|This article needs additional citations for verification. (June 2011)|
|• Mayor (2008–2014)||Bernard Haesebroeck|
|• Land1||6.28 km2 (2.42 sq mi)|
|• Population2 density||4,000/km2 (10,000/sq mi)|
|INSEE/Postal code||59017 / 59280|
1 French Land Register data, which excludes lakes, ponds, glaciers > 1 km² (0.386 sq mi or 247 acres) and river estuaries.2 Population without double counting: residents of multiple communes (e.g., students and military personnel) only counted once.
The motto of the town is Pauvre mais fière (Poor but proud).
In 1668, the town became French like the rest of French Flanders. At the end of the 19th century and the beginning of the 20th, Armentières acquired fame, being the “City of the Fabric”. The industrial weaving, spinning and brewing grew in Armentières, benefitting from the presence of water.
Armentières particularly suffered at the time of the World Wars. However, the town did receive two Military Crosses (one for World War I and the second for the Second World War) and the Legion of Honor. In Armentières and in the neighbourhoods, the military cemeteries are places of remembrance for the casualties of the World Wars. Mademoiselle from Armentières was a popular song among Allied soldiers in World War I.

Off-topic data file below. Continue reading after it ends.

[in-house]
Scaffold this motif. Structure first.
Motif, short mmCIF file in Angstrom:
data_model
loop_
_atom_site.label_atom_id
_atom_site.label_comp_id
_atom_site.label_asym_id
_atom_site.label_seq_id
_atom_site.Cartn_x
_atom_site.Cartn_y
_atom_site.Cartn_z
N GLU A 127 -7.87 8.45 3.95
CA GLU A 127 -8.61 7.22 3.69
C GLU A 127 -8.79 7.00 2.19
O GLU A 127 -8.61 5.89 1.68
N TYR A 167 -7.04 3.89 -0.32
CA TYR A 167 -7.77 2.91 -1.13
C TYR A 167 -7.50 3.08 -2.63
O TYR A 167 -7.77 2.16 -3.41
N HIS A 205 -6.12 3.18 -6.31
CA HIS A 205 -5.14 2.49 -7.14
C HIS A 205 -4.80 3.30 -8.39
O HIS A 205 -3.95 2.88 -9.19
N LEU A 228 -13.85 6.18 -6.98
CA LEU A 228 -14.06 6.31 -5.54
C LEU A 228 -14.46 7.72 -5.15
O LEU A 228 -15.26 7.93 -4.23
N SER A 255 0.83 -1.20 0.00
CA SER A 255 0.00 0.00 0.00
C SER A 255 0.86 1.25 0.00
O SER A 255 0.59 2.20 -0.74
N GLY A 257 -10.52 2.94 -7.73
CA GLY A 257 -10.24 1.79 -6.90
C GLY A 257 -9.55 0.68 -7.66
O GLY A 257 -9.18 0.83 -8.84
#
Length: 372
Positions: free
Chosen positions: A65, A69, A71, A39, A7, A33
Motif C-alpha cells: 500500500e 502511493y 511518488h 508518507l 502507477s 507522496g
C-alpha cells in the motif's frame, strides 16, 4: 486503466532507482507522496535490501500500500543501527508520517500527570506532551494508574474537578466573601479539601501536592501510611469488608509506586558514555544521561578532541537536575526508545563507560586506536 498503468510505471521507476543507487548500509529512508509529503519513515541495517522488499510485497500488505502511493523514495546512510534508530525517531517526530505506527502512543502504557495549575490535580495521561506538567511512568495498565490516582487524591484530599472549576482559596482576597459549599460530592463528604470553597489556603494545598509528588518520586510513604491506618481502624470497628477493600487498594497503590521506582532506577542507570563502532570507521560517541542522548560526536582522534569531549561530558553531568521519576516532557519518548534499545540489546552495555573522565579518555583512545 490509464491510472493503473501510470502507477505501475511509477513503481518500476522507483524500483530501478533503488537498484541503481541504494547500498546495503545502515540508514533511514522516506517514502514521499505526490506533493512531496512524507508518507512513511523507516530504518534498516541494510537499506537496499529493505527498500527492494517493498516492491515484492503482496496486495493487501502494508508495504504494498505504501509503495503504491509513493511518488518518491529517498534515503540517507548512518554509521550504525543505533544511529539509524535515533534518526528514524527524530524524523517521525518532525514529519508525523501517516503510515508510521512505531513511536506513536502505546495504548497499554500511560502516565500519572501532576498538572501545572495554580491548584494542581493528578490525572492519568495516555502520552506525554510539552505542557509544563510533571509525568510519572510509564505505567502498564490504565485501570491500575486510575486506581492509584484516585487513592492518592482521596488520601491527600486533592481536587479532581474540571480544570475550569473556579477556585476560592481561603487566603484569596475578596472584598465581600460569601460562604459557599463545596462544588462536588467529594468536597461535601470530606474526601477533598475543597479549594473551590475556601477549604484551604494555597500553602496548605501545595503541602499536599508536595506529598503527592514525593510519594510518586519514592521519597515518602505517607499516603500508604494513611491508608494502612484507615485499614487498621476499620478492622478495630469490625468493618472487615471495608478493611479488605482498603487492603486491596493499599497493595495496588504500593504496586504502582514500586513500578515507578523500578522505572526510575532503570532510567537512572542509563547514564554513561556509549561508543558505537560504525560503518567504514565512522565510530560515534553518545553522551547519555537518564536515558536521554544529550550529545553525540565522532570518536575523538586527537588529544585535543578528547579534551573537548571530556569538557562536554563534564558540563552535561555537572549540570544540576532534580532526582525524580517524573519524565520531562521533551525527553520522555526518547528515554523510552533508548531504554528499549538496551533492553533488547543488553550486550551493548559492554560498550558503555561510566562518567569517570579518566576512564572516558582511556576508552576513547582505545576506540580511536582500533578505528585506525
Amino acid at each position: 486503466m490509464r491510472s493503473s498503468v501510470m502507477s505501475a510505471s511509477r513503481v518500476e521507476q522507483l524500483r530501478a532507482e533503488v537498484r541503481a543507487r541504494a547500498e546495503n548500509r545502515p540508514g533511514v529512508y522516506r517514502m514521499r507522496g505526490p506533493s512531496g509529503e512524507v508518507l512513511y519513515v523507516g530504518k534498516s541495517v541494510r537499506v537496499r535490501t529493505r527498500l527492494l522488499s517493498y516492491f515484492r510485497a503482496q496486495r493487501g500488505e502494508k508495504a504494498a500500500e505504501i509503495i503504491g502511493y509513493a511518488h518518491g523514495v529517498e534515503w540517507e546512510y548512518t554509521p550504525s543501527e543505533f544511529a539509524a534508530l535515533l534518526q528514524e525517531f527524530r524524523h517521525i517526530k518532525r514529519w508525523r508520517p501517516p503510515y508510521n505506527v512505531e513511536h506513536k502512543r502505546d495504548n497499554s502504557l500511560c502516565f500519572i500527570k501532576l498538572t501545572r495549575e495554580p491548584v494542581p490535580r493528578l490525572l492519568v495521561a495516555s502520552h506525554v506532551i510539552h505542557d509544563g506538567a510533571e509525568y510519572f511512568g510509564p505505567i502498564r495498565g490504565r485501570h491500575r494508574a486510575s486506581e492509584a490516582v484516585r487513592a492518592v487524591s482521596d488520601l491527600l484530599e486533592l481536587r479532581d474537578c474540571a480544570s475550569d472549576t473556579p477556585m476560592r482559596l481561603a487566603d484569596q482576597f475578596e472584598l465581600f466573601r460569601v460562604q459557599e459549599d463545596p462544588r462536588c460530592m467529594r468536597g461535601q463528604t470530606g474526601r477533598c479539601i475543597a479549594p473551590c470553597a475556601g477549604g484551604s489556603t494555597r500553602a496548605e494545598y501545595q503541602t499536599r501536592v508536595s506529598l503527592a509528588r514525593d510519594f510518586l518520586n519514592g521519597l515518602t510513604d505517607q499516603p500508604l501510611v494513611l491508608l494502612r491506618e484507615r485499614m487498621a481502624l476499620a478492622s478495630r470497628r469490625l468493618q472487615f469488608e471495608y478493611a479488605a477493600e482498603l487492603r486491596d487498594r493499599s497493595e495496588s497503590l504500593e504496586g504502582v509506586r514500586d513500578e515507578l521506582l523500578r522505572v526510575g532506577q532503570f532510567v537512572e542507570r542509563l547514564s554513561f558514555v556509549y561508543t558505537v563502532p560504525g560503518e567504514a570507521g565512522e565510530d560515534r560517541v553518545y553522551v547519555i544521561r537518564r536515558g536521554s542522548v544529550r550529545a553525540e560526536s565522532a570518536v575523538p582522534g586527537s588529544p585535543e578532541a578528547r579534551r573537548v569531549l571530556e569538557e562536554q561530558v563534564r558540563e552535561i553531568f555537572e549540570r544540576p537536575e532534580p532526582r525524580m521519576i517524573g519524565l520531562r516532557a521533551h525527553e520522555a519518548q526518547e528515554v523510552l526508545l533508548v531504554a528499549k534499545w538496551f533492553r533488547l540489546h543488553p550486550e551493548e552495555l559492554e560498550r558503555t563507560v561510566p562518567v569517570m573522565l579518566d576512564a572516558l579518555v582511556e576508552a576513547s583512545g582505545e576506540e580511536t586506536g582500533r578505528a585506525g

During World War I, in April 1918, German forces shelled Armentières with mustard gas. British troops were forced to evacuate the area but German troops could not enter the commune for two weeks because of the heavy contamination. Witnesses to the bombardment stated that the shelling was so heavy that liquid mustard ran in the streets.
The arms of Armentières are blazoned :
|Calais Ville to Gare Lille Flandres|
Twin towns — Sister cities
Armentières is twinned with:
Famous people from Armentières
- Dany Boon, French actor and stand-up comedian
- Amédée Fournier, French road bicycle racer and Olympic medallist
- Jean Maurice Fiey, Church historian and Syriacist
- Heller, Charles E. "Chemical Warfare in World War I: The American Experience, 1917-1918", U.S. Army Command and General Staff College, Fort Leavenworth, Kansas, September 1984, accessed January 15, 2009.
- New York Times "http://query.nytimes.com/mem/archive-free/pdf?res=F70C15F93D5A11738DDDAE0894DE405B888DF1D3", New York Times, New York, New York, June 6, 1940, accessed Nov 8, 2010.
|Wikimedia Commons has media related to Armentières.|
- Armentières official website (in French)
- The reconstruction of the town hall of Armentières after WW1 on the website "Remembrance Trails of the Great War in Northern France"